by Gavin Murphy
You never quite know when to trust your instincts. I look at these photographs and another set of images, unseen for many years, keeps coming back into my head. It is a scene from The Night of the Hunter (1955) when the two children escape in a boat from the monstrous figure of the preacher. As the boat floats down the river, the scene becomes quite fantastical, beginning with a starry night and an eerie lullaby. The boat passes a spider’s web, then an owl, a turtle, rabbits, and finally a fox – all framed large in the foreground with the boat set against a silhouetted landscape. The film is transformed into a Southern Gothic fairytale through this dreamlike theatre. The children are in a realm of their own, their moment of repose framed by the looming figure of the preacher stalking the landscape: ‘Does he ever sleep?’, asks the young boy.
The instinct to retreat to what you know in the face of what you do not know is not necessarily one to be trusted. A challenging story has at its core a request that you, the listener, retain an openness so that judgement is suspended and so allows the possibility that you, as a person, can understand and even change for the better.
To tell a story around autism is fraught with difficulties. For starters, no one really knows what it is yet everyone has an angle on it. Popular culture, from Rain Man (1988) to A Curious Incident of the Dog in the Night-time (2003), puts a positive spin on the disorder. This contrasts with Walter Spitzer’s definition as "a terminal illness... a dead soul in a live body". Spitzer points to a core autism where the person is sealed off from normal loving relations. Both views focus on different ends of the spectrum with the former, while it has been crucial in raising awareness of the condition, less willing to acknowledge a more challenging narrative.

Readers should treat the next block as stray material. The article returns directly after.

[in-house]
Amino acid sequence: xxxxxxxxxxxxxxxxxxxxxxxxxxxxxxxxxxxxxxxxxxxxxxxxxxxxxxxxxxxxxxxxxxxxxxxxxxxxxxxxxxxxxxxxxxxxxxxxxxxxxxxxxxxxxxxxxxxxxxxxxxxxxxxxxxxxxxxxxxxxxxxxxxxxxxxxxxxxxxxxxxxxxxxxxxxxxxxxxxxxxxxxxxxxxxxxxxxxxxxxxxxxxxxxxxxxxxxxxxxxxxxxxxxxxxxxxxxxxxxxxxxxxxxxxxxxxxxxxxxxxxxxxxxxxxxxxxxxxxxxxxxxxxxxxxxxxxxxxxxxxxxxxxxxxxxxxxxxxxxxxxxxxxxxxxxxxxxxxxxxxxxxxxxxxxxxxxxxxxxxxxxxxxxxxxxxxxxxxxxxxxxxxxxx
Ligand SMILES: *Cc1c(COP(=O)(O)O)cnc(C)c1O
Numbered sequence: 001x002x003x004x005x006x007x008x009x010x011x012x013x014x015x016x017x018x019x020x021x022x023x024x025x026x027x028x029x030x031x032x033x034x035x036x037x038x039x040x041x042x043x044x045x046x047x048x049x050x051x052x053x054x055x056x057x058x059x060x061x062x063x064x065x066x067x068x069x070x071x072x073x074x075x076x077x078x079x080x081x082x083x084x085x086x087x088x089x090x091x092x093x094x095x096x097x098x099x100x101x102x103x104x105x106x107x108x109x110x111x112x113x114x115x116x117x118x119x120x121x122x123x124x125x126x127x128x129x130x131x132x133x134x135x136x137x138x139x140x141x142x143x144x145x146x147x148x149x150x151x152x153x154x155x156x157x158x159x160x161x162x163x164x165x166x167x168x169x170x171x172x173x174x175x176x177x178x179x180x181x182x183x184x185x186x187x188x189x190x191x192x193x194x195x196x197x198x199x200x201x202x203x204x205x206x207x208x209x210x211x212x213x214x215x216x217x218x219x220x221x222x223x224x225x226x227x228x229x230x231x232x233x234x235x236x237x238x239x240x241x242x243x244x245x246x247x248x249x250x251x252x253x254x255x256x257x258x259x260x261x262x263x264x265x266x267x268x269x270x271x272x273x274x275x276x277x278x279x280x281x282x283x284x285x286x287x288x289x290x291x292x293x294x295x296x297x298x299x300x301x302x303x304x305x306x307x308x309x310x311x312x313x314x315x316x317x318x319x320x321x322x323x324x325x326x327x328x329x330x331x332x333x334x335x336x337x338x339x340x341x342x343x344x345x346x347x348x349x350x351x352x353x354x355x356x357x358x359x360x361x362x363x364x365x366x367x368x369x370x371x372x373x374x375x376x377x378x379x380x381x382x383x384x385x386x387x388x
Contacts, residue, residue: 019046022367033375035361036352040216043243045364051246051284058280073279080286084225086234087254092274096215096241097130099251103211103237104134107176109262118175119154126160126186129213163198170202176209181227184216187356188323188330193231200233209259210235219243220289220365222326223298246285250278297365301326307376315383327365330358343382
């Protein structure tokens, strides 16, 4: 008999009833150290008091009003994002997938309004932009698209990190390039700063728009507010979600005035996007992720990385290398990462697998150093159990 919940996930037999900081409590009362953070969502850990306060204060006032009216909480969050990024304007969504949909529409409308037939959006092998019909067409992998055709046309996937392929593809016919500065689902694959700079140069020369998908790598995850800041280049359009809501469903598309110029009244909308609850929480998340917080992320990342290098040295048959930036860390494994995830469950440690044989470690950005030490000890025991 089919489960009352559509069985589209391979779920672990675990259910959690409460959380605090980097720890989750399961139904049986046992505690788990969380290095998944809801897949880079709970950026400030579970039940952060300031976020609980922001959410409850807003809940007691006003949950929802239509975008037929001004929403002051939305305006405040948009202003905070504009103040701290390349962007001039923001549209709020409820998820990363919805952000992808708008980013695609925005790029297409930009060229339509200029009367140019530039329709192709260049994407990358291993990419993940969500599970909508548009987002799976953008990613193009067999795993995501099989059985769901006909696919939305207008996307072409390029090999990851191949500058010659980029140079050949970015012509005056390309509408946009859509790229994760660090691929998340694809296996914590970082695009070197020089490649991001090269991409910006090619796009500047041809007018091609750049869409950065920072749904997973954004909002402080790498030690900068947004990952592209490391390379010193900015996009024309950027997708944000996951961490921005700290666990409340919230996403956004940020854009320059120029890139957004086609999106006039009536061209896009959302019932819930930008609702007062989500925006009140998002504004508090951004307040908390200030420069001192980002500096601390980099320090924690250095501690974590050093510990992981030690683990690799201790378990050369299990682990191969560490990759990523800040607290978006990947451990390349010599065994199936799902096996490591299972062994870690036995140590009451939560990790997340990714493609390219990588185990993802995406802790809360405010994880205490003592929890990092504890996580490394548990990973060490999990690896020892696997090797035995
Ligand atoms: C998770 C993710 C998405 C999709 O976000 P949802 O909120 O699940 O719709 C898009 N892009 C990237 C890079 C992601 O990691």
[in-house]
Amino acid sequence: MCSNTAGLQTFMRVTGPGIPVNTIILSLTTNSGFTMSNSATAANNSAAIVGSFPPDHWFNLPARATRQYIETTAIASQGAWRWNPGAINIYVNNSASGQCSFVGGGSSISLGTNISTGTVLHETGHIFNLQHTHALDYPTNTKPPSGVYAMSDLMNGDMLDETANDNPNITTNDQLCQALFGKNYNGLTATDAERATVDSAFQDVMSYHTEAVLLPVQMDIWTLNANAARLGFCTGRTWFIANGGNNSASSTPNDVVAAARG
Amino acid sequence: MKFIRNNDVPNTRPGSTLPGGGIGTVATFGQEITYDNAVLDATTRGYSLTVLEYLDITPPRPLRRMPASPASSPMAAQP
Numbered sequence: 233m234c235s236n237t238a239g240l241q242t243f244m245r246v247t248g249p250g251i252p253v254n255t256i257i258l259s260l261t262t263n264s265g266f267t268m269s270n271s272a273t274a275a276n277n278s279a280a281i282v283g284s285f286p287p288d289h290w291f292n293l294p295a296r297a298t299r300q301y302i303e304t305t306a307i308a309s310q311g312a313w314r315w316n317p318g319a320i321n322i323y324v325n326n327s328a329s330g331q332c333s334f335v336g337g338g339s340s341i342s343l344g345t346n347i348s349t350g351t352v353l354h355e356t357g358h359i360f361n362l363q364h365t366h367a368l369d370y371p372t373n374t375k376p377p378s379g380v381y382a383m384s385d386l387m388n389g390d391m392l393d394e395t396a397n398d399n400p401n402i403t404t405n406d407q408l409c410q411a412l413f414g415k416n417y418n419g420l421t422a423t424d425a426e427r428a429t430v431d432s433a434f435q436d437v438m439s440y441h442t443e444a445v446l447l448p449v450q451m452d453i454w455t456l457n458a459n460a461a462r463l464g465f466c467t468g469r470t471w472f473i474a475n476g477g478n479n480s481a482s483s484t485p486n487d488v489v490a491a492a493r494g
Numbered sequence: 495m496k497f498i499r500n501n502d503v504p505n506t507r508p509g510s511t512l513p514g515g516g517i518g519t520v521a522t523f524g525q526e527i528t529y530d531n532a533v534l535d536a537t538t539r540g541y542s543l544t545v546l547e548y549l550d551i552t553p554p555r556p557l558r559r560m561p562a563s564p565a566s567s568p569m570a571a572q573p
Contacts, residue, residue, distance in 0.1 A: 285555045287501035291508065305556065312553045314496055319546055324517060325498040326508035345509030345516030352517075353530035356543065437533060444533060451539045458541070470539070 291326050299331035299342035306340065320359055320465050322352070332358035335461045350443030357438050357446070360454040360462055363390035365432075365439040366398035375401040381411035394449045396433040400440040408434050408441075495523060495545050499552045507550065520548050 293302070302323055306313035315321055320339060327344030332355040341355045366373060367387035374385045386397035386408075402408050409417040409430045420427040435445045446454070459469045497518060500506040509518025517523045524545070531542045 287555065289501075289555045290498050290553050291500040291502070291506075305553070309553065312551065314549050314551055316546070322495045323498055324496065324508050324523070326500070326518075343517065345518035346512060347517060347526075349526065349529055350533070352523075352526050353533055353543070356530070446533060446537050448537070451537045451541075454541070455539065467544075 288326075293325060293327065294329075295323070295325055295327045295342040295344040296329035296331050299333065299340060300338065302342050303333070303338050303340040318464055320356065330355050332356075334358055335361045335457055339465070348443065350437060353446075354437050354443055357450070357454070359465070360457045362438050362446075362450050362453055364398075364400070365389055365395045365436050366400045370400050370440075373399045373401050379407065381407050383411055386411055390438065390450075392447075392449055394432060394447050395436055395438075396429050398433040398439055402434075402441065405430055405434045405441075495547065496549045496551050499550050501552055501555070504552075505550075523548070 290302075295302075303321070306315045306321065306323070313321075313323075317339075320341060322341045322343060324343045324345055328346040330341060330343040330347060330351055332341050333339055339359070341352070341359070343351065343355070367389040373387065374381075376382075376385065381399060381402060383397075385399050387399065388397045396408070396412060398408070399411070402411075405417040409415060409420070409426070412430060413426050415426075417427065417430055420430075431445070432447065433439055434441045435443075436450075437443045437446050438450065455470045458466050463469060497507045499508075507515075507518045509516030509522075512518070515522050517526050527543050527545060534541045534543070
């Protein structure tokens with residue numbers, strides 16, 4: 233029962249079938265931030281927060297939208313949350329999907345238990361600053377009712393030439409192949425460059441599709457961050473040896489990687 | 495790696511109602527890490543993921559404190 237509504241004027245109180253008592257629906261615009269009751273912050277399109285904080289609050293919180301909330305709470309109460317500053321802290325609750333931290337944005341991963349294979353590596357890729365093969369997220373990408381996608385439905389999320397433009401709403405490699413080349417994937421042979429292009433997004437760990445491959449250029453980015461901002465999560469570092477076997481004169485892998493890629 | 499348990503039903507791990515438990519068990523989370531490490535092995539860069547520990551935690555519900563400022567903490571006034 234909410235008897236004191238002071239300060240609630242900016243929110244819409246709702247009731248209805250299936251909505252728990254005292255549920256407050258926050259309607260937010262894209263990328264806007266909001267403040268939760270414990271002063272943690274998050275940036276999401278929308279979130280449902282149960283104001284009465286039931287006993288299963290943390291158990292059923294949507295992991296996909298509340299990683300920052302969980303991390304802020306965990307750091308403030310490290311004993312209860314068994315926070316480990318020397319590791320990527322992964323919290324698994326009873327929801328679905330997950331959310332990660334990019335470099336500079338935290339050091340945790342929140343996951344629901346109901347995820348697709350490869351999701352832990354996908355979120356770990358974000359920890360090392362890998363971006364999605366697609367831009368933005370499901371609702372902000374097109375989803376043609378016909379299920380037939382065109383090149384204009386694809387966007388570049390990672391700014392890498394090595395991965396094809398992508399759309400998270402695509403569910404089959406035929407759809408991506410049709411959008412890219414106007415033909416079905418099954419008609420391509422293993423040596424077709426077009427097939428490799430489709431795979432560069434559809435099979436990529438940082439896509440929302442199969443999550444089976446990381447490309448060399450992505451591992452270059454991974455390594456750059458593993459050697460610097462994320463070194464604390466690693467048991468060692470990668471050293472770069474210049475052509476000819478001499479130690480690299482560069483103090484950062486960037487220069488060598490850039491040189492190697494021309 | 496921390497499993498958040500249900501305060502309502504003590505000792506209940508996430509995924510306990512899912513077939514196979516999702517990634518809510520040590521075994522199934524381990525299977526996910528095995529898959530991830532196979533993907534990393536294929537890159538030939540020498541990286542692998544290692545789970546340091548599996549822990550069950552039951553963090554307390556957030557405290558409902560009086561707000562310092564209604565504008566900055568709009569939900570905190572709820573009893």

Attitudes towards treatment have also varied widely. Early diagnoses (alarmingly) found fault with the mother. More recent ideas on autism see it as a matter of identity politics where advocates defend the right to a unique way of being. Parents have been criticised from this perspective for focusing on their own grief at having an autistic child. Ian Hacking, by contrast, has talked of the devastating consequences autism can have on the family, preferring a heroic narrative for parents with the love, courage and persistence to guide an autistic child through to adulthood. The point here is that a parent of an autistic child has tricky terrain to navigate and is being challenged (if not judged) on many different levels.
Lorraine Tuck depicts family life as a mother of two daughters and two boys that have Autism, living on a farm in the west of Ireland. This appears to be a matter of striving to attain a balance between tending to the differing needs and demands of sons and daughters, the demands of the working life of a farm, and a need for a self-reflective space to step back and take stock of it all.